Editorial: What is a Vulcan
A short history of the Vulcans of UH Hilo
Staff Writer Trixie Croad
Photos Karlee Oyama
Just as students at UCLA are known as the Bruins, those at Oregon State are the Ducks, and Penn State students are the Lions, we at UH Hilo are known as the Vulcans. Most of us know this much, and are happy to cheer for the Vulcans at sports events or wear the logo on our chests, but how many of us really know what this means and where it came from?
In what was a very casual inquiry and by no means a representative pool, I began asking students about this and was surprised to find that many had never given it a second thought. There were an alarming number of people who thought a Vulcan was a bird of some kind, a few guessed it had some reference to volcanoes. Most had no ideas at all.
I thought it might be time to clear things up and tell the story of how we came to be the Vulcans of UH Hilo.The only student resource I could find for my investigation was the Vulcan Athletics Student Handbook, given out to all the student athletes at the beginning of each year. I also managed to track down past Athletic Director, basketball coach, and “Vulcans founding father” Ramon Goya to give me some more in depth information on how the Vulcans came to be.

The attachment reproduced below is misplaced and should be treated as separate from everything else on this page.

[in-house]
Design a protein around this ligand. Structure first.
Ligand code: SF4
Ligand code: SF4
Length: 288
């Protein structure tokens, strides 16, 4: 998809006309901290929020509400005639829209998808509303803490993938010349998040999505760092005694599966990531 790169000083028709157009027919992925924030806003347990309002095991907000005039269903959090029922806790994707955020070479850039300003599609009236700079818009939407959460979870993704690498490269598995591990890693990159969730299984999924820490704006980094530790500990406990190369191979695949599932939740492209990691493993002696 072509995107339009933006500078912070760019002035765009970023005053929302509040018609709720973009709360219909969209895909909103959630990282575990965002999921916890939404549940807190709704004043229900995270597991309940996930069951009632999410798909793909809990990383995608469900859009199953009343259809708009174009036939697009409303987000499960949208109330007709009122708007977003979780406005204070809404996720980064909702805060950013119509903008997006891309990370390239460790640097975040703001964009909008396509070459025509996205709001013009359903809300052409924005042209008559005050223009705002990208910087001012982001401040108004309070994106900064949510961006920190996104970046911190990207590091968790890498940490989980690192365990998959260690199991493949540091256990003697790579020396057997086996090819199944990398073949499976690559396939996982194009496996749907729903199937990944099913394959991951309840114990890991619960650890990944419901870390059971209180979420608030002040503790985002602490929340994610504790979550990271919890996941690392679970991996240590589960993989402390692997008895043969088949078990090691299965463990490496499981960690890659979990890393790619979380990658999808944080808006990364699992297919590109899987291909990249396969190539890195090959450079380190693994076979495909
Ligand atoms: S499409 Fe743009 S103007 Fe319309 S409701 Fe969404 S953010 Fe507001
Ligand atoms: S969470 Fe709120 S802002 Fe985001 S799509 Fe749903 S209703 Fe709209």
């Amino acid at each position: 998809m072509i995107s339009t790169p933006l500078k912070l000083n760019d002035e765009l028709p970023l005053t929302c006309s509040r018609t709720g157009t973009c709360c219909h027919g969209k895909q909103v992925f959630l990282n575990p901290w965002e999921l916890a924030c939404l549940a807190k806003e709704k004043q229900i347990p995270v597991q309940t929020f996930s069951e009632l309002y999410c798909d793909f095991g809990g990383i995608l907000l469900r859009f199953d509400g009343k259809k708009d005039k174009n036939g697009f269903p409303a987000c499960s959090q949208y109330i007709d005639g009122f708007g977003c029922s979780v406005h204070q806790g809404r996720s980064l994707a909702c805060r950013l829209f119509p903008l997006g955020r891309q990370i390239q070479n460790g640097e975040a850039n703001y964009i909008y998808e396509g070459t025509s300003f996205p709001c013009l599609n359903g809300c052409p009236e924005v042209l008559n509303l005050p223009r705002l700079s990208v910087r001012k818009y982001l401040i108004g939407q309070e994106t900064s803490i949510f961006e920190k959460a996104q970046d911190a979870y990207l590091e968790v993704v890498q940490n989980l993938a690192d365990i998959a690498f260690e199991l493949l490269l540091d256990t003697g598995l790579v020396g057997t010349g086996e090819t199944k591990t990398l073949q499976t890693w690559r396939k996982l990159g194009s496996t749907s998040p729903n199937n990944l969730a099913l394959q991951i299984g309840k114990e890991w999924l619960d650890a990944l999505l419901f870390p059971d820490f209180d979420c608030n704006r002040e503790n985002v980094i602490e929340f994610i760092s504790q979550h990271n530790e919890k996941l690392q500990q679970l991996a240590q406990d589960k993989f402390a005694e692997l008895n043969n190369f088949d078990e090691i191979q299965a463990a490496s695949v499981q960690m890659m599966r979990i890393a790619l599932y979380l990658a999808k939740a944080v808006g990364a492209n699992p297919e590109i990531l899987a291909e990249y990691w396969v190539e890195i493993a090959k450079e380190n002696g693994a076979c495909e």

When the University of Hawai`i at Hilo was first established in 1947, our nickname represented our relationship to UH Manoa. We were dubbed the “Little Rainbows”, sharing their colors of green and white. Around 1965, once the athletic department at UH Hilo was up and running, the staff and community set out to create a name that reflected UH Hilo in its own right, independent from the Rainbow Warriors. One figure who played an integral part in this process was then basketball coach Ramon Goya. Goya says he sat down with the athletic director at the time, Herb Hamai, and also involved some of the students to start throwing around ideas. “We thought, what is the most unique thing about this island? It’s the volcano,” Goya says of the initial brainstorming.